Smith is one of five people nationwide chosen for academic exchange program.
Dr. Robert F. Smith, assistant dean of humanities and social sciences at Northampton Community College (NCC), has been selected to participate in an International Education Administrators (IEA) Seminar in Russia, a U.S. Fulbright program. The Fulbright IEA program is a prestigious academic exchange program and highly competitive. Smith is one of five people nationwide selected for the program. He will visit St. Petersburg, Tver, Moscow, and possibly other locations. The trip will culminate with a debriefing at the American Embassy in Moscow.
Smith, a native of Lansdale, PA, who currently lives in Hatfield, is the author of Manufacturing Independence: Industrial Innovation in the American Revolution and of articles published in the online journal Encyclopedia of Philadelphia and a forthcoming article in Military Collector & Historian.
During his visit to Russia, from March 30 – April 13, Smith will serve as an expert in community college administration and speak with Russian colleagues about how the American community college system works, how NCC serves students, and how programs and course offerings are determined. Major goals are to establish partnerships with Russian schools within the ESL (English as a Second Language) and student exchange areas and to gain cultural understanding to return to the United States with the ability to speak to American colleagues about the benefits of Russian partnerships and to build a beneficial relationship between the two countries.
“I’m honored and amazed to have been chosen for this program,” Smith says. “A Fulbright program in general is an honor, but I think this one is of critical importance in our current political climate. I think our nation has more in common with Russia than we tend to realize. Our bitter past rivalries seem to put us at odds, but we don’t have to be that way. I think that if we came to understand each other more, our two countries could be successful partners in both trade and global politics. I’d like to play a role in helping build the bridges that make partnership possible.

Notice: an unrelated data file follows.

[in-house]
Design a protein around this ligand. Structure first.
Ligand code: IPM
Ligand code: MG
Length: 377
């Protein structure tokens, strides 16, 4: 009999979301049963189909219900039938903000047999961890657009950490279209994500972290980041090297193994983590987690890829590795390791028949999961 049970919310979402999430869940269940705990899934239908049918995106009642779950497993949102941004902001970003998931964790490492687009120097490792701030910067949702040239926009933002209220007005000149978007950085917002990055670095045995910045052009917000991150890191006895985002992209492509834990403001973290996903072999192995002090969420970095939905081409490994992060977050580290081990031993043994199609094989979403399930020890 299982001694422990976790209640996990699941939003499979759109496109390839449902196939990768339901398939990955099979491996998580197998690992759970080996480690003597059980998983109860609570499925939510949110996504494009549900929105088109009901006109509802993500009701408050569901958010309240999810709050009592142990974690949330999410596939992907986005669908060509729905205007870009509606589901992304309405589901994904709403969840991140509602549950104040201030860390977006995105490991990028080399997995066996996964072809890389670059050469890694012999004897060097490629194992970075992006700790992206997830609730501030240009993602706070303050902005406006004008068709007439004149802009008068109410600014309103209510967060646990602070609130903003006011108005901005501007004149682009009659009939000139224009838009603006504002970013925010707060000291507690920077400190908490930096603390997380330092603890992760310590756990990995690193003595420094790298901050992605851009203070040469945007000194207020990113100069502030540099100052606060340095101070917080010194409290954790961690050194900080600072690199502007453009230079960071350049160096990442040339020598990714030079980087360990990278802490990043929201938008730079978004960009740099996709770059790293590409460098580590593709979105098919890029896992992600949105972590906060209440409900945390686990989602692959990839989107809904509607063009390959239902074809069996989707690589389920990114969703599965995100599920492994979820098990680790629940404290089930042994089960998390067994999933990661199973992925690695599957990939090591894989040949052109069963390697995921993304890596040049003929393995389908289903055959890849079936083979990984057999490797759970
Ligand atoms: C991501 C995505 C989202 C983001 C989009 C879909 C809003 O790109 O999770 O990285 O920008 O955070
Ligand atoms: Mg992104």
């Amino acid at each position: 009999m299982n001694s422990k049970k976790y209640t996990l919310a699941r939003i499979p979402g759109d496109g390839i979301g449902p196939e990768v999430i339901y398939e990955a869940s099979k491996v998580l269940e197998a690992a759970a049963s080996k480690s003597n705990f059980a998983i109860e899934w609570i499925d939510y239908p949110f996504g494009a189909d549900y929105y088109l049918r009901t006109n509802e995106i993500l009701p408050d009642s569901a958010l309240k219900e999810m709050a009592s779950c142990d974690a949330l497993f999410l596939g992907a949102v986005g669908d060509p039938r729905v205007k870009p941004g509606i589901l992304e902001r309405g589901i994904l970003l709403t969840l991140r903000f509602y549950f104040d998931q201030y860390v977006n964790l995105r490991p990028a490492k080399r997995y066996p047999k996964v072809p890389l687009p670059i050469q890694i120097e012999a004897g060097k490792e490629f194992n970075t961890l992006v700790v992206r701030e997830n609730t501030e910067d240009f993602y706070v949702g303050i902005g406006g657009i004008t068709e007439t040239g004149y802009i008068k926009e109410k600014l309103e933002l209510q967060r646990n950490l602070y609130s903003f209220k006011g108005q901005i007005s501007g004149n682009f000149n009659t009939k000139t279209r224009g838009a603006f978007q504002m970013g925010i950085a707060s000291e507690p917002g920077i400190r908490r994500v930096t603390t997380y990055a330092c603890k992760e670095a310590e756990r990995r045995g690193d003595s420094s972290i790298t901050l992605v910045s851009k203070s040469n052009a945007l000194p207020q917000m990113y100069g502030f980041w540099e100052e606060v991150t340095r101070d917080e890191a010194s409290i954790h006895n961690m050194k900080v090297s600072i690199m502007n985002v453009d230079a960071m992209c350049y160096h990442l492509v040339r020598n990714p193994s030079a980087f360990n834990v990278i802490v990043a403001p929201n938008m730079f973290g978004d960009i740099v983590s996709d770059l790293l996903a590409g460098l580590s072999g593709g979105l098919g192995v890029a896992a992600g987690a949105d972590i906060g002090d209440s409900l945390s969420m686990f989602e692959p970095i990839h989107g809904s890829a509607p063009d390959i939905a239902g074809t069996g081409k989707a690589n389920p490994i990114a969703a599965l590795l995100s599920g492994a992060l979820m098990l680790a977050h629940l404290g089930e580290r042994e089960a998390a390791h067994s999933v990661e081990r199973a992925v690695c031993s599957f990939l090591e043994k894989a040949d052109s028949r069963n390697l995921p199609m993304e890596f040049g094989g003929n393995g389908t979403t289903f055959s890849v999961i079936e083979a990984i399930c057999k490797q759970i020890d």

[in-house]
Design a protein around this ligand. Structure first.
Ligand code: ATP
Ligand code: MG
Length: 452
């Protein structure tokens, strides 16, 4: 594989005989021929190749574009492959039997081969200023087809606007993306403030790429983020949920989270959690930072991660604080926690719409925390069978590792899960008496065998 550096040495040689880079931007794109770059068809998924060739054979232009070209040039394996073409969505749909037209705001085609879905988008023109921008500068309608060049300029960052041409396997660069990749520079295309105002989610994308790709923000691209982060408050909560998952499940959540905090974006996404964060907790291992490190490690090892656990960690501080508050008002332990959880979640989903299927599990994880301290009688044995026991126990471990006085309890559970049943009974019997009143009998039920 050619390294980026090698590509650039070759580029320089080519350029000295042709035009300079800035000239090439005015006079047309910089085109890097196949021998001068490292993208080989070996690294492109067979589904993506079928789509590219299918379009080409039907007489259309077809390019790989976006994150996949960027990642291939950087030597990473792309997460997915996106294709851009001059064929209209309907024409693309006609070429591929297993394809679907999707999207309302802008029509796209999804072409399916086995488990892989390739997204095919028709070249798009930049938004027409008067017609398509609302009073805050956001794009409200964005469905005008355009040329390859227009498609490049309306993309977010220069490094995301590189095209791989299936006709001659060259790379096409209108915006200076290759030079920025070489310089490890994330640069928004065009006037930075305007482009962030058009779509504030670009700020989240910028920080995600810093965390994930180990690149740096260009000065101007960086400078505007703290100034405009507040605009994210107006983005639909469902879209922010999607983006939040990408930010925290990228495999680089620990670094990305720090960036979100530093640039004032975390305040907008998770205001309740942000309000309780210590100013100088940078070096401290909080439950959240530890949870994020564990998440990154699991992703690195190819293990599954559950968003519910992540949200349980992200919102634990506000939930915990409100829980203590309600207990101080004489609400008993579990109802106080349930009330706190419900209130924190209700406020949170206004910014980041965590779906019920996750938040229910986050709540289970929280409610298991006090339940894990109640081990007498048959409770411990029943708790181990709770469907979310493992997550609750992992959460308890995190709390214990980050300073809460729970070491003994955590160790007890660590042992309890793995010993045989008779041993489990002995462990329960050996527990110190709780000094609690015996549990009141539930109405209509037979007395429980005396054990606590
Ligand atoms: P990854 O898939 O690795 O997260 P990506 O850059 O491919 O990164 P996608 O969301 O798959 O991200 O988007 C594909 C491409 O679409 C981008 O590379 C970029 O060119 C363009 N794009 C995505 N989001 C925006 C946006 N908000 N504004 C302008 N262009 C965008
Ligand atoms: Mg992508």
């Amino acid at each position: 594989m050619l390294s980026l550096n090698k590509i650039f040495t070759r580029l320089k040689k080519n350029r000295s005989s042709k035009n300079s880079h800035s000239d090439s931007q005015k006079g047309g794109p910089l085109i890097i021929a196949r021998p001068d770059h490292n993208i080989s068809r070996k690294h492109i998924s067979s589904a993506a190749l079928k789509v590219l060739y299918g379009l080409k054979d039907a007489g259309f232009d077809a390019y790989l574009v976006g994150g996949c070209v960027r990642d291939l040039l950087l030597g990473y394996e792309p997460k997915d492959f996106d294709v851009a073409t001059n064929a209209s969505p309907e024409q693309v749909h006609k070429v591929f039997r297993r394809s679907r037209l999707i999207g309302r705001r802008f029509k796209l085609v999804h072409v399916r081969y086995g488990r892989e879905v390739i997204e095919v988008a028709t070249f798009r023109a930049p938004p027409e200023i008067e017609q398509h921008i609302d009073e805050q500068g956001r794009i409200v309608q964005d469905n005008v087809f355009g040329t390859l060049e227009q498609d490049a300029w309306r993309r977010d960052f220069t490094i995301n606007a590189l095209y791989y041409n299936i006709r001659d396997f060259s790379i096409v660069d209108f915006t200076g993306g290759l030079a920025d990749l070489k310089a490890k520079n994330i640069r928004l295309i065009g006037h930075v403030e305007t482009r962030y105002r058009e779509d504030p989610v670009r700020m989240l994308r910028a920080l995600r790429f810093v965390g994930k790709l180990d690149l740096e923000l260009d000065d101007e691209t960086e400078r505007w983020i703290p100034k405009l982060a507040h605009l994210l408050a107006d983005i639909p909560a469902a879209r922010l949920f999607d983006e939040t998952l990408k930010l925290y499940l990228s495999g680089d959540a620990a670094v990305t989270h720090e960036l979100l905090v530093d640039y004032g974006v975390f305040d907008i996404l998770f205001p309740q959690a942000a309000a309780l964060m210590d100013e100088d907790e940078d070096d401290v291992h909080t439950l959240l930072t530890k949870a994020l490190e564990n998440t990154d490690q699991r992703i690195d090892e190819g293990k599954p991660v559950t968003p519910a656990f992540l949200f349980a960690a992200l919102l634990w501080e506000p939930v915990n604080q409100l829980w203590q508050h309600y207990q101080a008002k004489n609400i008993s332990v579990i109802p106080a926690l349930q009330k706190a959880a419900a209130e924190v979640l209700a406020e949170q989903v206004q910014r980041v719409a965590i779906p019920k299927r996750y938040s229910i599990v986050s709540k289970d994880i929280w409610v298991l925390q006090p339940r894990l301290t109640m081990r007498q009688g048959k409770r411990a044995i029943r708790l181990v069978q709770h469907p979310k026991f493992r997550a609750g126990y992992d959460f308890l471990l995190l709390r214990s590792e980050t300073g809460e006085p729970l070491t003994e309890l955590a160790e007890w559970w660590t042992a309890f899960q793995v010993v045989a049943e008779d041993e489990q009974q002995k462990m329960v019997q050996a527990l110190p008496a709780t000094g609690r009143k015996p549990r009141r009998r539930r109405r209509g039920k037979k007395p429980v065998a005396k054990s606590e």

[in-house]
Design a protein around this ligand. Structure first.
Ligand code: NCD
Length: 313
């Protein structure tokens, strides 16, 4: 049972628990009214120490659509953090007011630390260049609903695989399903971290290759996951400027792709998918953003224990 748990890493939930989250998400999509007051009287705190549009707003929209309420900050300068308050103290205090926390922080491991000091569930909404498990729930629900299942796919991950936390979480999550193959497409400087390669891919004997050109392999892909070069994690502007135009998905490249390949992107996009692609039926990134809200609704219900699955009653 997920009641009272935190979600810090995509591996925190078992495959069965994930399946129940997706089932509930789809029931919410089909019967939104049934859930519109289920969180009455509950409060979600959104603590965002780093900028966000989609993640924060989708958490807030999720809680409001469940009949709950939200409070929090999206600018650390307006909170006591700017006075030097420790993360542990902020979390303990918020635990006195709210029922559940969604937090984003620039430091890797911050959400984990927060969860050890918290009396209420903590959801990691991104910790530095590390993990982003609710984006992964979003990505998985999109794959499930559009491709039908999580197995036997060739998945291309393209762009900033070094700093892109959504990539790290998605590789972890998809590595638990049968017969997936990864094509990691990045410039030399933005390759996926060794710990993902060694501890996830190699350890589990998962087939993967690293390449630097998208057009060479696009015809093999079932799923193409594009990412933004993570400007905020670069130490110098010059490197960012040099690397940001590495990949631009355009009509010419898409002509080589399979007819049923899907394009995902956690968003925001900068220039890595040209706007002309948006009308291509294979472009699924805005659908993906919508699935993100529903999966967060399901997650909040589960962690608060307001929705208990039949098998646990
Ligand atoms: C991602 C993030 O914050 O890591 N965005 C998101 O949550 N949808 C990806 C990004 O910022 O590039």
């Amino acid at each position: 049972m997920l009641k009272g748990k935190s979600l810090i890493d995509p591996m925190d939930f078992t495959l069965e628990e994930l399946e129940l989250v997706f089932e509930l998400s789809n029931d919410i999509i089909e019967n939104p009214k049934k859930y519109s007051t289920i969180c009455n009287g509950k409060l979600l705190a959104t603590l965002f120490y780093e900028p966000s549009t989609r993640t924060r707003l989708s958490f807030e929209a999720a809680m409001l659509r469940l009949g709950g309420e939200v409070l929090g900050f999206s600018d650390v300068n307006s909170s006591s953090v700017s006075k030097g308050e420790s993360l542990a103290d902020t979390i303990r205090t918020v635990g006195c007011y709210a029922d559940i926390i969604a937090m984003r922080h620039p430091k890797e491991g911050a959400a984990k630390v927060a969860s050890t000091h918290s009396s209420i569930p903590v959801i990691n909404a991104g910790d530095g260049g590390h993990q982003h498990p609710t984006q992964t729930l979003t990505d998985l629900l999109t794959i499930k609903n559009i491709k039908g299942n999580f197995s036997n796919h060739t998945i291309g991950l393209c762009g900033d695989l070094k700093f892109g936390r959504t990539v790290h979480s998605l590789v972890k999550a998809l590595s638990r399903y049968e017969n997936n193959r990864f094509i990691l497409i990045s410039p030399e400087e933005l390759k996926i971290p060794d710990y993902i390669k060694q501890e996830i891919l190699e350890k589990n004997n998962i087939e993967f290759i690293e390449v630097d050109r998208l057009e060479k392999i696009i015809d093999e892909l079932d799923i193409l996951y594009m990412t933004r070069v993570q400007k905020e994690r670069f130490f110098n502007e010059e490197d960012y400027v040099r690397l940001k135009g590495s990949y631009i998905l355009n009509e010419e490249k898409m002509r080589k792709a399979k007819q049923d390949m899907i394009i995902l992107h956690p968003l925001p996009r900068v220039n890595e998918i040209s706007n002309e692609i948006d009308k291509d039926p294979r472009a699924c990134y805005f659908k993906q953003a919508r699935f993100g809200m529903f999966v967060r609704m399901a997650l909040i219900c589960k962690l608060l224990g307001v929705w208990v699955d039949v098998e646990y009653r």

“I’m also happy at my selection because it will open doors for our students, who can benefit from meeting Russian students. I took NCC students to Moscow in both 2012 and 2013. Students in each trip were enthralled with Russia and commented that the trip gave them a new outlook on the world. Russians, still today, are painted as unending cold-warriors, but our students found that the Russian people are friendly, fun-loving, and generous, just like we are.”
Christine Pense, dean of humanities and social sciences, is enthusiastic about Smith’s upcoming visit. “For us, any perspective that helps us improve our teaching, and think differently about how we interact with our constituent community, is good,” she says “Russian schools work with a very different set of constraints (how much funding, and where it comes from; and what students want and need) but they problem-solve every day, like we do. Seeing what other schools do there will help Bob to do his job here. I expect we will all learn.”